New research suggests that (some of) the secrets to honey’s anti-bacterial properties may have been revealed.
A Dutch team of microbiologists propose that the anti-bacterial properties of the honey they tested come down to four chemicals and one general property:
Sugars High concentrations of sugars have long been known to have anti-bacterial properties and are used in preserving food.
The best known effect is by soaking up water. Bacteria, like most living things, need water. Soak up the water and they’ll dehydrate.
Ever tried to clean up a wine spill in the carpet by dribbling some water over the stain, then sprinkling salt over the water? You’ll know how the salt sucks up the water from the carpet.
In a similar way, high concentrations of sugar outside cells, can suck water out of the cells or absorb other moisture that’s around. This works through creating an osmotic gradient, where the moveable part – water – moves to balance the low concentration of water outside the cell, dehydrating the cell.
H2O2 Hydrogen peroxide is a bleach used in making paper among other things. Household bleach kills bacteria, so does hydrogen peroxide.
Methylglyoxal (MGO) This is known to be cytotoxic (kills cells). There is evidence that this is created from dihydroxyacetone in manuka honey stored at warm temperatures. Something similar might be happening in the honey the Dutch scientists tested.
Defensin-1 One of several anti-bacterial peptides (small protein) found in bees, defensin-1 is part of the bee’s defence against bacterial infection. It’s also found in royal jelly, what queen bees are fed by their worker bees. (Royal jelly also has an epigenetic effect: it causes the larvae to become a queen bee, rather than a worker bee.) A wider range of anti-bacterial peptides are present in Asian honeybees than found in the domesticated Western honeybee; it would be interesting to know if honey from different types of bees have different anti-bacterial peptides.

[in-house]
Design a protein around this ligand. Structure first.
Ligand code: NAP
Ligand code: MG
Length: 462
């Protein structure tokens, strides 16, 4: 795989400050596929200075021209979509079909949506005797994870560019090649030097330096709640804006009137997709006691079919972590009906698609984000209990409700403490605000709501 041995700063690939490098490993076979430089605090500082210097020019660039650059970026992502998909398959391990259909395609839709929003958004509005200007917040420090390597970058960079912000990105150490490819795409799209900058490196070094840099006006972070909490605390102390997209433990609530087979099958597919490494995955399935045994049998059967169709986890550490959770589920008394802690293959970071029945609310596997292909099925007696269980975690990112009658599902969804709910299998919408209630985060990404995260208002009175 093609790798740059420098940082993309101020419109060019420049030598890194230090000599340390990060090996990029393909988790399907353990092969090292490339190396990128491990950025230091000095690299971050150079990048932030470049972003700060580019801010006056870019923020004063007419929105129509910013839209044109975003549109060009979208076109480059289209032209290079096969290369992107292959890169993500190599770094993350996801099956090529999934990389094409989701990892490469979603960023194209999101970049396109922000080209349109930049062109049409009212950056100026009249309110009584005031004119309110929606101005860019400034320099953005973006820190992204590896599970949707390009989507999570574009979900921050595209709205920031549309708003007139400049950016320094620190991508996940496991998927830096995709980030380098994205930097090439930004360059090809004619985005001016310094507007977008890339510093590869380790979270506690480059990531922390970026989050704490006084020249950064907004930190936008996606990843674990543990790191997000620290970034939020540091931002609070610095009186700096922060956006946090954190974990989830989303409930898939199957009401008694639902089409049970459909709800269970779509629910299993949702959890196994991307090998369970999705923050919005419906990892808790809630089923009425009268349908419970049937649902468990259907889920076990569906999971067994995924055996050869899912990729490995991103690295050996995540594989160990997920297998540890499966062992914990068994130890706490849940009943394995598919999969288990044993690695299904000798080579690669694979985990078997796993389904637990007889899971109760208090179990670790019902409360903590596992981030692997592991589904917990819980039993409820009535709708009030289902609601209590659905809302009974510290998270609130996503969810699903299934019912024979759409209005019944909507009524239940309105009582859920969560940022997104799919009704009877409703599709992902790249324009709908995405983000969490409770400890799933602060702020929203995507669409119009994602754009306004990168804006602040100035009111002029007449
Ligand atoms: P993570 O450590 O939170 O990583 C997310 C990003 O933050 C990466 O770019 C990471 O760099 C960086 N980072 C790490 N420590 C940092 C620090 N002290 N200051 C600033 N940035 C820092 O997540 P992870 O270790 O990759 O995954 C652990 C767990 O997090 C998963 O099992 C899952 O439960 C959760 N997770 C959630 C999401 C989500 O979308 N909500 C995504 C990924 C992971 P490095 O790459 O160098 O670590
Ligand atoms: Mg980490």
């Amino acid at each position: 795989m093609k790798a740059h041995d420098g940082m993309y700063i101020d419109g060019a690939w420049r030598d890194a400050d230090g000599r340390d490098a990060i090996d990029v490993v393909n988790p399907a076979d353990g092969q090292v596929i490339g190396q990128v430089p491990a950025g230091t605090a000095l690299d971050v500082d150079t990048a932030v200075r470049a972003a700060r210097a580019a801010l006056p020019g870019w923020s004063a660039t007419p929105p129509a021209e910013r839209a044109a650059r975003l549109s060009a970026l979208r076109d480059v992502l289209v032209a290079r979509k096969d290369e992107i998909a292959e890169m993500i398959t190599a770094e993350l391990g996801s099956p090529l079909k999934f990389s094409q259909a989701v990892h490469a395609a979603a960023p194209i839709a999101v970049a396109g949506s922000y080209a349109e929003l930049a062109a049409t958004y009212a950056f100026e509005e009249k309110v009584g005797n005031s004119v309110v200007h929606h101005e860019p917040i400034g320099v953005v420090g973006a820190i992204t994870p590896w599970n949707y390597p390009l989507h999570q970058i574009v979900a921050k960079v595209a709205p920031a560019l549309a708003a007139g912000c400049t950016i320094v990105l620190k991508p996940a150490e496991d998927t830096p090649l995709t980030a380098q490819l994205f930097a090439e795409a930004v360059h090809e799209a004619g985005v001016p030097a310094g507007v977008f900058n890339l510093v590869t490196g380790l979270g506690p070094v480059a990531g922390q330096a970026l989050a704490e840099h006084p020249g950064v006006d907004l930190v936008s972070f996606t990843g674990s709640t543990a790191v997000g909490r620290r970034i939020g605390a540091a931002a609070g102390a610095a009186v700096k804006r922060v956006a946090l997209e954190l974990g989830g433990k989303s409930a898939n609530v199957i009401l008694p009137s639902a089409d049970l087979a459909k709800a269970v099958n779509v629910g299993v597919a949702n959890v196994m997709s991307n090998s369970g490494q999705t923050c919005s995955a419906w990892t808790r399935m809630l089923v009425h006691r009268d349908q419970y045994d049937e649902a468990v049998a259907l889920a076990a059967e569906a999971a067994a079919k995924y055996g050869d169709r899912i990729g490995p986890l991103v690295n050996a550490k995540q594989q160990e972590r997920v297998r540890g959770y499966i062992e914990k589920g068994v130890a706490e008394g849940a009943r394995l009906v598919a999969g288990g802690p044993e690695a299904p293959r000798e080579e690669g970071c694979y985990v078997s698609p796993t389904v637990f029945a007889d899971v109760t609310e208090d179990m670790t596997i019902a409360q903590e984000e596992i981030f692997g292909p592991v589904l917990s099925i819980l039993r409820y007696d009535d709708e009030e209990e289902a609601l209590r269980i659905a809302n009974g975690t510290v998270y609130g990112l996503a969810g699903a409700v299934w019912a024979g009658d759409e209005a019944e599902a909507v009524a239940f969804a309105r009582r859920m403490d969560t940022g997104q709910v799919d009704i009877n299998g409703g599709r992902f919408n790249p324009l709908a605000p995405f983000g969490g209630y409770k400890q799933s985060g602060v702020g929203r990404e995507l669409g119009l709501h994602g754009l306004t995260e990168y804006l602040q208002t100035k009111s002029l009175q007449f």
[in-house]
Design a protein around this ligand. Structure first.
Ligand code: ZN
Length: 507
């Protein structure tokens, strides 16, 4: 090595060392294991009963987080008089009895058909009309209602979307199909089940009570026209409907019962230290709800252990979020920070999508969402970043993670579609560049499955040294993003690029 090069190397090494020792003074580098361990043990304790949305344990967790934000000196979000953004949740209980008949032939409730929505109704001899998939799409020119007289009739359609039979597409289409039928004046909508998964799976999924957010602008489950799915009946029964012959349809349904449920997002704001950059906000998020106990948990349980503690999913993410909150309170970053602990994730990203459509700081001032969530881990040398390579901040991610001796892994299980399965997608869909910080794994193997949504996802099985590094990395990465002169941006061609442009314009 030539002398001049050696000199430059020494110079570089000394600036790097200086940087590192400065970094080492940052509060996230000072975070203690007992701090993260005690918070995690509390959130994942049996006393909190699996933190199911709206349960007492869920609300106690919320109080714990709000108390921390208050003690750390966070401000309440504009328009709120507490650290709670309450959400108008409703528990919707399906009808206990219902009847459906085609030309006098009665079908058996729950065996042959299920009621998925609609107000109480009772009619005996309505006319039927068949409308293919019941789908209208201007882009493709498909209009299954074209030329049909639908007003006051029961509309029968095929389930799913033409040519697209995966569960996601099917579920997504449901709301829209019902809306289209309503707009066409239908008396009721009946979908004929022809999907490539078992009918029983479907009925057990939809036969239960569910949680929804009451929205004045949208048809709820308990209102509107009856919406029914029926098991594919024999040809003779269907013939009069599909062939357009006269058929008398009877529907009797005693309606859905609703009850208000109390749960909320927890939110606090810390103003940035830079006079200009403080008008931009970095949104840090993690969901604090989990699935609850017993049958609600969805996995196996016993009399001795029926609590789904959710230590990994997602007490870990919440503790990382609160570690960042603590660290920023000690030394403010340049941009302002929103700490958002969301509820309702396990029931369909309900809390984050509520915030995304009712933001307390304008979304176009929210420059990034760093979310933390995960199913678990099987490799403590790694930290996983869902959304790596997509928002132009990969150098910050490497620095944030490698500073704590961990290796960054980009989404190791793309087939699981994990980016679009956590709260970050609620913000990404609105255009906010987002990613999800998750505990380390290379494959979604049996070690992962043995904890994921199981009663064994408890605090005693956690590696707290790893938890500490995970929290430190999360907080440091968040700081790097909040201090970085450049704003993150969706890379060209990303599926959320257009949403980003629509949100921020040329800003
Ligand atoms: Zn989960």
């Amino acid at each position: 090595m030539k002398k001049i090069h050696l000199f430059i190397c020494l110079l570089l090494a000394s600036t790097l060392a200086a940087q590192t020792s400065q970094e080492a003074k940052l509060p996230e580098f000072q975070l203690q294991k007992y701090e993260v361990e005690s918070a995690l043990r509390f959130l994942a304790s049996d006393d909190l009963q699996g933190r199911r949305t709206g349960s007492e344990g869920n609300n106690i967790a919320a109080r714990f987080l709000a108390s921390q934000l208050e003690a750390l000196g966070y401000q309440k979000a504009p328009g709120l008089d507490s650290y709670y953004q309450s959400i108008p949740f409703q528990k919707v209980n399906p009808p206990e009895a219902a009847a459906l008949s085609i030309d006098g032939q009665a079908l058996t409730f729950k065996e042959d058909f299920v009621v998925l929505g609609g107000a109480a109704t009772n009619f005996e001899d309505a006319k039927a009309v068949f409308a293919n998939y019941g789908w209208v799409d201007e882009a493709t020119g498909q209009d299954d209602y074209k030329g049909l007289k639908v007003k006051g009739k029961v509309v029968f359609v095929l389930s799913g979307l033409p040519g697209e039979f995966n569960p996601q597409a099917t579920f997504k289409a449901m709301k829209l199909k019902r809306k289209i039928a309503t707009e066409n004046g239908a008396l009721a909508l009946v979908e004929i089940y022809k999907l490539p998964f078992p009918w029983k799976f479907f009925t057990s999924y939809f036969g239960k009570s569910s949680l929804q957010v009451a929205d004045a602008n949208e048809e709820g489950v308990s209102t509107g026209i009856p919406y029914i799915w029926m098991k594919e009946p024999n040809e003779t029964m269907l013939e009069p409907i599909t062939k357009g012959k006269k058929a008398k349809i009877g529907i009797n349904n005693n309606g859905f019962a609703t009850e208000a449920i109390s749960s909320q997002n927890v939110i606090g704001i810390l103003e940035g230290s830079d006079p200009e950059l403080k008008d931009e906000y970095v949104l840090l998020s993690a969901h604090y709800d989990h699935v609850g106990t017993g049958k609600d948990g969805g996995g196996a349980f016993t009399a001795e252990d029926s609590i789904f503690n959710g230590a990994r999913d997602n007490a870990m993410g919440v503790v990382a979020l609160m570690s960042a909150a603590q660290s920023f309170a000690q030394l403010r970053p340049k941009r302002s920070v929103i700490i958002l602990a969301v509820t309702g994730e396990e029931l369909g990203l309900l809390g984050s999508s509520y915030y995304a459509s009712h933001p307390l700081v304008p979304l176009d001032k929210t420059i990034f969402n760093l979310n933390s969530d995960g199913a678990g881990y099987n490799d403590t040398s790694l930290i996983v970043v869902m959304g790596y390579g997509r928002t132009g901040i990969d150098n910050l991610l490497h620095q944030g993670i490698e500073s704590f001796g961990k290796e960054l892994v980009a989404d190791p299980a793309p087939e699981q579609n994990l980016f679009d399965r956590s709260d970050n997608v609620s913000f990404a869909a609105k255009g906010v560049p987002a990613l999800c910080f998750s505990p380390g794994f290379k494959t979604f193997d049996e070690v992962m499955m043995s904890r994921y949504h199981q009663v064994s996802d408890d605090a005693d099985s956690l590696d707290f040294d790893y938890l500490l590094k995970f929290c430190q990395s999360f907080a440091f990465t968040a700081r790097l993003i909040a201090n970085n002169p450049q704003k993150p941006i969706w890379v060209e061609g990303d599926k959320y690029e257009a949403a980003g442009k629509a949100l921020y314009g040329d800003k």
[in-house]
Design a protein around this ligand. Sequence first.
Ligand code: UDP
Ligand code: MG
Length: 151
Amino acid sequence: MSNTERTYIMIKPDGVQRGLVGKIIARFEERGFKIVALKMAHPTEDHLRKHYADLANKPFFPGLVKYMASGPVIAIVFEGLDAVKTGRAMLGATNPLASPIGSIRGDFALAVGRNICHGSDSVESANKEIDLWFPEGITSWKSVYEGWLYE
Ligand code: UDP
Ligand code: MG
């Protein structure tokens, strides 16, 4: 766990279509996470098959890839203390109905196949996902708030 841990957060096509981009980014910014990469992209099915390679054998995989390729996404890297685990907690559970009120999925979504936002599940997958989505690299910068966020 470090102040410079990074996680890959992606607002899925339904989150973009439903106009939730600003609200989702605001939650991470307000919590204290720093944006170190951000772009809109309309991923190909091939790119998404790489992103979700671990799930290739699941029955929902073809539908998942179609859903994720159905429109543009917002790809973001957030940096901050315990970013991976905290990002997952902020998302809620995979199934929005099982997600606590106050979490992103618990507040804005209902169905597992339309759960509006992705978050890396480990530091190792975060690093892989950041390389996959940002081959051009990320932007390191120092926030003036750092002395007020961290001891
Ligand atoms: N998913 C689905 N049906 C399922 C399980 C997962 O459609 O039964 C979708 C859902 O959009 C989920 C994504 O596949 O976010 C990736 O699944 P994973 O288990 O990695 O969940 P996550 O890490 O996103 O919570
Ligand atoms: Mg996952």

Acidity The acidity of honey had a small effect too. Honey is acidic, neutralising this to neutral pH (not acidic or alkaline) removed this effect.
None of the individual compounds identified are new and their anti-bacterial actions are already known.
What is news is that these are the particular compounds giving the honey tested it’s anti-bacterial properties and seem to account for all the anti-bacterial properties against the bacteria tested.
Rather than extracting compounds from the original honey, they neutralised each candidate compound in turn, noting the loss of anti-bacterial properties.
By varying the neutralisations applied, they could work out which combination of compounds was effective in killing which bacteria.
Different combinations had different effects on different bacteria. Some factors had overlapping contributions, requiring the presence of one of the other factors for full effect. The overall combination was effective against all the bacteria tested, giving a broad spectrum antibiotic effect against the bacteria tested.
Several of the bacteria tested had known antibiotic resistance.
Kwakman, P., te Velde, A., de Boer, L., Speijer, D., Vandenbroucke-Grauls, C., & Zaat, S. (2010). How honey kills bacteria The FASEB Journal, 24 (7), 2576-2582 DOI: 10.1096/fj.09-150789
Xu, P., Shi, M., & Chen, X. (2009). Antimicrobial Peptide Evolution in the Asiatic Honey Bee Apis cerana PLoS ONE, 4 (1) DOI: 10.1371/journal.pone.0004239
Adams, C., Manley-Harris, M., & Molan, P. (2009). The origin of methylglyoxal in New Zealand manuka (Leptospermum scoparium) honey Carbohydrate Research, 344 (8), 1050-1053 DOI: 10.1016/j.carres.2009.03.020
Press release (via EurekaAlert)
For a soft introduction to bees, this gives an overview suitable for kids. (Or those who are lazy! – it’s short and well-written.)
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